Rui Zink
Rui Zink
 Portuguese writer Rui Zink was born on June 16, 1961. "Writes books, gives lectures, imagines  things." - Rui Zink in his own description. He continues to write one story after another, novels, plays, graphic novel and much more. His language has become beyond its own boundaries. The structure of his written text also goes beyond conventional grammar. A different world came to life in subjective language. 'Torkito Tarjoni' has been  published on the occasion of his upcoming  60th birthday on June 16. Presently a lecturer by profession. His first novel was ‘Hotel Lusitano’(1986). Zink is the author of ‘A Arte Superma’(2007), the first Portuguese Graphic Novel. Also his ‘Os Surfistas’ was the first interactive e-novel of Portugal. He is the author of more than 45 published books all over. 
 Zink achieved prestigious ‘Pen Club’ award on 2005 for his novel ‘Dádiva Divina’. His several books has been translated in Bengali like ‘O Livro Sargrado da Factologia’(‘ঘটনাতত্ত্বের পবিত্র গ্রন্থ, 2017), ‘A Instalação do Medo’(‘ভয়, 2012), ‘O Destino Turístico’(‘বেড়াতে যাওয়ার ঠিকানা', 2008), 'Oso'('নয়ন') etc.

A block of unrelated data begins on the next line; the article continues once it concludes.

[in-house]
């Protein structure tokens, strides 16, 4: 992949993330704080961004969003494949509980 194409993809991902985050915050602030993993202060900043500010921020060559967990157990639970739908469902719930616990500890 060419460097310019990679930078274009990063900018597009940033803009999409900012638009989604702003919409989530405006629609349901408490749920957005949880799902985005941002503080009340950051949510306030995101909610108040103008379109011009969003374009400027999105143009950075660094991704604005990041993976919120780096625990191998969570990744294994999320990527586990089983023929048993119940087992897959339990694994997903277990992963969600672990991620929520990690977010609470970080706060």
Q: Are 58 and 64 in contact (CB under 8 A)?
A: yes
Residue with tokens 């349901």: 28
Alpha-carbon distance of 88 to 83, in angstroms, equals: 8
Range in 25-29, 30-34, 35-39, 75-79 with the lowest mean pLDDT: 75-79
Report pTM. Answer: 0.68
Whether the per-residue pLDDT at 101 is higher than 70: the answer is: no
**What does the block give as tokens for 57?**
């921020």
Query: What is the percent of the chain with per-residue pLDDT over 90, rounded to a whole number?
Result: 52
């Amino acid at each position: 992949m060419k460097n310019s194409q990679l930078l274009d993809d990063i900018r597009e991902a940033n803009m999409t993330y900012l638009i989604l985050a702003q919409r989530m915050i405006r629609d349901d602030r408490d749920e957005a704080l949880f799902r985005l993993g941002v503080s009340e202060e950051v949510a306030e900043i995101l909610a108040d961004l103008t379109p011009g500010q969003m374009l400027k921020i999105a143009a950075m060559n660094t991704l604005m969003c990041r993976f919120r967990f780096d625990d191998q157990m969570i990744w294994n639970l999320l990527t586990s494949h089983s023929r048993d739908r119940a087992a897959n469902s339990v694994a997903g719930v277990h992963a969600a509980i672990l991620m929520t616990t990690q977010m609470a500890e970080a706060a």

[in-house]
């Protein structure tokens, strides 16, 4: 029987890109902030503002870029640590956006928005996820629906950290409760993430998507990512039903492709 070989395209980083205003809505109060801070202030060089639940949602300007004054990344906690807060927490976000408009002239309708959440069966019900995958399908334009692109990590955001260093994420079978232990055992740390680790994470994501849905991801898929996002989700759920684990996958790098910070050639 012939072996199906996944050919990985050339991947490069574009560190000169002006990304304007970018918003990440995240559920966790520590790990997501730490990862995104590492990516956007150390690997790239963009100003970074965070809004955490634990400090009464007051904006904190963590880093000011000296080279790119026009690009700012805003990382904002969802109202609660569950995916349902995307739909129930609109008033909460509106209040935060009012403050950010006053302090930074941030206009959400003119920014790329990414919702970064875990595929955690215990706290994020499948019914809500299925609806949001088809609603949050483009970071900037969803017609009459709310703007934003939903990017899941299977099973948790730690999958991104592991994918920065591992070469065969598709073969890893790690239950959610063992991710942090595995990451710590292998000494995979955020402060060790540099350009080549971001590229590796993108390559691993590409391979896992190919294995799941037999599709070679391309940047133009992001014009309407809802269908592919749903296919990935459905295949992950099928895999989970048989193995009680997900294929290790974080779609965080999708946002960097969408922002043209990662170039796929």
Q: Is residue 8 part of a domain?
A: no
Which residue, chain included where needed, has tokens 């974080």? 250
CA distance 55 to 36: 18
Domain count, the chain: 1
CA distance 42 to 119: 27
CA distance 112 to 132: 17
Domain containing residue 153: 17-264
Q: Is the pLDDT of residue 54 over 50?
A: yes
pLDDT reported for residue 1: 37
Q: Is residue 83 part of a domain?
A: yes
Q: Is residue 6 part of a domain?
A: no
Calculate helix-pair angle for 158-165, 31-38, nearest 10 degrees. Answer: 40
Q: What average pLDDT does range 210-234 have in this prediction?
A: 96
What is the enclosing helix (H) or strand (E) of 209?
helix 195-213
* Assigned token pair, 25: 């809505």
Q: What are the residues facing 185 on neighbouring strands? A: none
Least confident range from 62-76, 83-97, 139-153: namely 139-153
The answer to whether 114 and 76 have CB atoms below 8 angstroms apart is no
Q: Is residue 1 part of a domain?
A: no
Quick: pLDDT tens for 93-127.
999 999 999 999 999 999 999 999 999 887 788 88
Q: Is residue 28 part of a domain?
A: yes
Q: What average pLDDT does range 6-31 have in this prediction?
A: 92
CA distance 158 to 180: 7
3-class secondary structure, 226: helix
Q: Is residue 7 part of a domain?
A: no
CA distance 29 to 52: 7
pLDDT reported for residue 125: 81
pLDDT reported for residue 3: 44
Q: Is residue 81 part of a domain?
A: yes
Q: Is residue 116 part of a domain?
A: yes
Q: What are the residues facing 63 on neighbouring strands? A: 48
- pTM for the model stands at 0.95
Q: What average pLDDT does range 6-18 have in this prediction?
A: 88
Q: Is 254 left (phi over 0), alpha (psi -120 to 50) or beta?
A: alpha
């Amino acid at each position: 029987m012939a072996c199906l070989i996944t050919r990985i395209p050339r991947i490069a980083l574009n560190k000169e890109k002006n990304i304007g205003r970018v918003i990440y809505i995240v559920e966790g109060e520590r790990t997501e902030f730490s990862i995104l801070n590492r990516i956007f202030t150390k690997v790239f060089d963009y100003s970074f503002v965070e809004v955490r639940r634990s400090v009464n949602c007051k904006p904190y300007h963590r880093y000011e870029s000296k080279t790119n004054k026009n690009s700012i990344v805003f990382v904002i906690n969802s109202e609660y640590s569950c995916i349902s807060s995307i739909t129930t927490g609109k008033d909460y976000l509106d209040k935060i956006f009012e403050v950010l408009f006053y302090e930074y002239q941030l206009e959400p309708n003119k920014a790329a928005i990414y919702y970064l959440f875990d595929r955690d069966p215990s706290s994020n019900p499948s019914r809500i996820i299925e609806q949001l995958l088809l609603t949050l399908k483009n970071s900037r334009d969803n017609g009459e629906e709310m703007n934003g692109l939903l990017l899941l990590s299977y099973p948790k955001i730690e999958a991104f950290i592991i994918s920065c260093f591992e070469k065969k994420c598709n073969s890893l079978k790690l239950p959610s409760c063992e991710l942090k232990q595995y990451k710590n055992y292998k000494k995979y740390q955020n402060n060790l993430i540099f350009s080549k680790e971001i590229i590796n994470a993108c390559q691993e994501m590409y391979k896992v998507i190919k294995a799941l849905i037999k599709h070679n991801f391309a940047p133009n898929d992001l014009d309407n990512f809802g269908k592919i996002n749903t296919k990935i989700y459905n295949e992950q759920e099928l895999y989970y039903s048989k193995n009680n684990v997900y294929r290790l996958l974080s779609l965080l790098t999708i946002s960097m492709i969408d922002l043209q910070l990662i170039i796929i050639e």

Author : Rui Zink
 Translation from the Portuguese : Richard Zenith 

Two bu­si­nes­smen in a small res­tau­rant.

“Isn’t our wai­tress fan­tastic?”

“Yes, she’s good.”

“I think I’ll leave her a nice big tip.”

“No need to,” says the other. Bu­si­nes­smen never forget the value of money. “The ser­vice is in­cluded.”

But the first one in­sists: “Today I’m fe­e­ling ge­ne­rous.”


A sur­prised wai­tress.

“Ex­cuse me, sir.”

A he­e­dless bu­si­nes­sman: “Yes?”

“You left…”